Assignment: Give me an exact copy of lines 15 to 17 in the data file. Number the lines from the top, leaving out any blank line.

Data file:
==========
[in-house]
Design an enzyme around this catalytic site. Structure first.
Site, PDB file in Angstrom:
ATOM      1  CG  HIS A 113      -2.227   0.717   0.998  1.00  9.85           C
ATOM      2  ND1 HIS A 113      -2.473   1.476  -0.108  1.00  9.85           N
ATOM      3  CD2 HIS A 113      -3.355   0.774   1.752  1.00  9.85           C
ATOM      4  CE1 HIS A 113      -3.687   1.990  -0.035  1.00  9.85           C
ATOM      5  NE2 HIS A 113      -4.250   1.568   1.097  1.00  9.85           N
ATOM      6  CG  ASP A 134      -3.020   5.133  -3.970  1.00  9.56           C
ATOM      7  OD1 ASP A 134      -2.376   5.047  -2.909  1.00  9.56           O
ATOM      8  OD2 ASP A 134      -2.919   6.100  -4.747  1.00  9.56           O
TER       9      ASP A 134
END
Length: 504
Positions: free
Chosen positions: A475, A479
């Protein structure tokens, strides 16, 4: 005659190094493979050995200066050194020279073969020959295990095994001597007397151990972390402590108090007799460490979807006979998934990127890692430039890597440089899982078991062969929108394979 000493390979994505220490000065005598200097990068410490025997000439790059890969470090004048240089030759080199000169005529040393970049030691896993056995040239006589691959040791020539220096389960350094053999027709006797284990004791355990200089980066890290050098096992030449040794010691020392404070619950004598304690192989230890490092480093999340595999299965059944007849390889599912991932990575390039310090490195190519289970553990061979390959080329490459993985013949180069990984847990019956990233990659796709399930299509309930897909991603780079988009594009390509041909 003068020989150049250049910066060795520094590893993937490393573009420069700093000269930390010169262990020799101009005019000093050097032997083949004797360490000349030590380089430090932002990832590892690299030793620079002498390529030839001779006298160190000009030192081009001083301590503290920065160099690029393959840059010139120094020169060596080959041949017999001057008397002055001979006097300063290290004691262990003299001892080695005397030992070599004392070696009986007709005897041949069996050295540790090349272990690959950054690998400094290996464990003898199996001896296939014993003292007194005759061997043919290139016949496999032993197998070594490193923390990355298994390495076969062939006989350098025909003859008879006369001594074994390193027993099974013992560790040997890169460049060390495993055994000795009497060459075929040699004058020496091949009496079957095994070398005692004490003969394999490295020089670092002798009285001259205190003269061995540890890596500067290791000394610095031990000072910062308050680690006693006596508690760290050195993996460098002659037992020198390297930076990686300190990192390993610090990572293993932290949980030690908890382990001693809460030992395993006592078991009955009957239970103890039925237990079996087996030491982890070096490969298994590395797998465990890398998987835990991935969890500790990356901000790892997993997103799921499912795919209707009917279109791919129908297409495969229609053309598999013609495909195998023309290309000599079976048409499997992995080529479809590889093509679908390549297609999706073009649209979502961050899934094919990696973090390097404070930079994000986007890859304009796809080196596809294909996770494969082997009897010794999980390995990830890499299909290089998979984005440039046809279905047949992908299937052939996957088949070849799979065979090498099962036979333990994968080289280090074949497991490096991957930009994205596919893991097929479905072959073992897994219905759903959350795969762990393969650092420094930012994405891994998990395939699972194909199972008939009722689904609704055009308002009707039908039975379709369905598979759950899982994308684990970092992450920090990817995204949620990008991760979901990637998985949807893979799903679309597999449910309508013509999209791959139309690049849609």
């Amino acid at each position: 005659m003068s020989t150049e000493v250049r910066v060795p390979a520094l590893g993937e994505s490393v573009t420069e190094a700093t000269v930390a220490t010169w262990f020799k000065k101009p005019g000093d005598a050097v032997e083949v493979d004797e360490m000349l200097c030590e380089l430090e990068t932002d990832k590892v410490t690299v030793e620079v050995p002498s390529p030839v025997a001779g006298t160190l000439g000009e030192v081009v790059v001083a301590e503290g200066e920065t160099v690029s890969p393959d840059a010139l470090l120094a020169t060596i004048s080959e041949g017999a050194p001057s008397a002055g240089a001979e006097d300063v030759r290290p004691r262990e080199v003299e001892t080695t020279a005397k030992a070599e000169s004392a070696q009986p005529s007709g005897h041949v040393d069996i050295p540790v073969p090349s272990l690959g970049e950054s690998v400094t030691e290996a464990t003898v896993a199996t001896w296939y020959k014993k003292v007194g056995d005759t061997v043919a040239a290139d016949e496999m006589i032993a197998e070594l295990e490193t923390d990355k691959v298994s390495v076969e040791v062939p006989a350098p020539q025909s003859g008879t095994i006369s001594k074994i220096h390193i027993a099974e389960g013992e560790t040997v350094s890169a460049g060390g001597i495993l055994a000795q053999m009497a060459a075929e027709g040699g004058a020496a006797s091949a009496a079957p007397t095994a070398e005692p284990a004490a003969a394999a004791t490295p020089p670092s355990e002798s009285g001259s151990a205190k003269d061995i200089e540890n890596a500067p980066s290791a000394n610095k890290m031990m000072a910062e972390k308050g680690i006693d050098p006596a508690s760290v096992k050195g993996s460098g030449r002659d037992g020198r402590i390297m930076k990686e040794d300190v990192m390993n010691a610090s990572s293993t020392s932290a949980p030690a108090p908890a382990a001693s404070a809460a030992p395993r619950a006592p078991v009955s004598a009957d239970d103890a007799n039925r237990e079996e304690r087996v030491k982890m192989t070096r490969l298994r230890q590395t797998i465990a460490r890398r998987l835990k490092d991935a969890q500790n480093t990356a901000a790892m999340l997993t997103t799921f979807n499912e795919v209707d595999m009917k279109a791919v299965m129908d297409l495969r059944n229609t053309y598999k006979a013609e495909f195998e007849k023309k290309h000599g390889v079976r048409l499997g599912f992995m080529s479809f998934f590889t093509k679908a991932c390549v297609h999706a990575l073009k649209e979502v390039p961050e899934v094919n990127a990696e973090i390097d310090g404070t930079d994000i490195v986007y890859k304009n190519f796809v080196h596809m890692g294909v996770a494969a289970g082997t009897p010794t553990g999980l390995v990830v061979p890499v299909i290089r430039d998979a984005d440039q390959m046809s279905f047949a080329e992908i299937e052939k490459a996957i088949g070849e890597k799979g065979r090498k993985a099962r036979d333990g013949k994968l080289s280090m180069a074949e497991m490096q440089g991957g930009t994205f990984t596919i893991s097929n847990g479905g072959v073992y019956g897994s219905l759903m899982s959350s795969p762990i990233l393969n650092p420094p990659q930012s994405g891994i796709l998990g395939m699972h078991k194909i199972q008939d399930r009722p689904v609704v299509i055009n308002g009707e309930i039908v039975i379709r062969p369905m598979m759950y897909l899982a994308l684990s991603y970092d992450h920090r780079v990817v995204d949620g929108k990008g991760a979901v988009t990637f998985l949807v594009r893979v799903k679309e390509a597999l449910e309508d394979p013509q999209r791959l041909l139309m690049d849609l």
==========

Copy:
Positions: free
Chosen positions: A475, A479
């Protein structure tokens, strides 16, 4: 005659190094493979050995200066050194020279073969020959295990095994001597007397151990972390402590108090007799460490979807006979998934990127890692430039890597440089899982078991062969929108394979 000493390979994505220490000065005598200097990068410490025997000439790059890969470090004048240089030759080199000169005529040393970049030691896993056995040239006589691959040791020539220096389960350094053999027709006797284990004791355990200089980066890290050098096992030449040794010691020392404070619950004598304690192989230890490092480093999340595999299965059944007849390889599912991932990575390039310090490195190519289970553990061979390959080329490459993985013949180069990984847990019956990233990659796709399930299509309930897909991603780079988009594009390509041909 003068020989150049250049910066060795520094590893993937490393573009420069700093000269930390010169262990020799101009005019000093050097032997083949004797360490000349030590380089430090932002990832590892690299030793620079002498390529030839001779006298160190000009030192081009001083301590503290920065160099690029393959840059010139120094020169060596080959041949017999001057008397002055001979006097300063290290004691262990003299001892080695005397030992070599004392070696009986007709005897041949069996050295540790090349272990690959950054690998400094290996464990003898199996001896296939014993003292007194005759061997043919290139016949496999032993197998070594490193923390990355298994390495076969062939006989350098025909003859008879006369001594074994390193027993099974013992560790040997890169460049060390495993055994000795009497060459075929040699004058020496091949009496079957095994070398005692004490003969394999490295020089670092002798009285001259205190003269061995540890890596500067290791000394610095031990000072910062308050680690006693006596508690760290050195993996460098002659037992020198390297930076990686300190990192390993610090990572293993932290949980030690908890382990001693809460030992395993006592078991009955009957239970103890039925237990079996087996030491982890070096490969298994590395797998465990890398998987835990991935969890500790990356901000790892997993997103799921499912795919209707009917279109791919129908297409495969229609053309598999013609495909195998023309290309000599079976048409499997992995080529479809590889093509679908390549297609999706073009649209979502961050899934094919990696973090390097404070930079994000986007890859304009796809080196596809294909996770494969082997009897010794999980390995990830890499299909290089998979984005440039046809279905047949992908299937052939996957088949070849799979065979090498099962036979333990994968080289280090074949497991490096991957930009994205596919893991097929479905072959073992897994219905759903959350795969762990393969650092420094930012994405891994998990395939699972194909199972008939009722689904609704055009308002009707039908039975379709369905598979759950899982994308684990970092992450920090990817995204949620990008991760979901990637998985949807893979799903679309597999449910309508013509999209791959139309690049849609």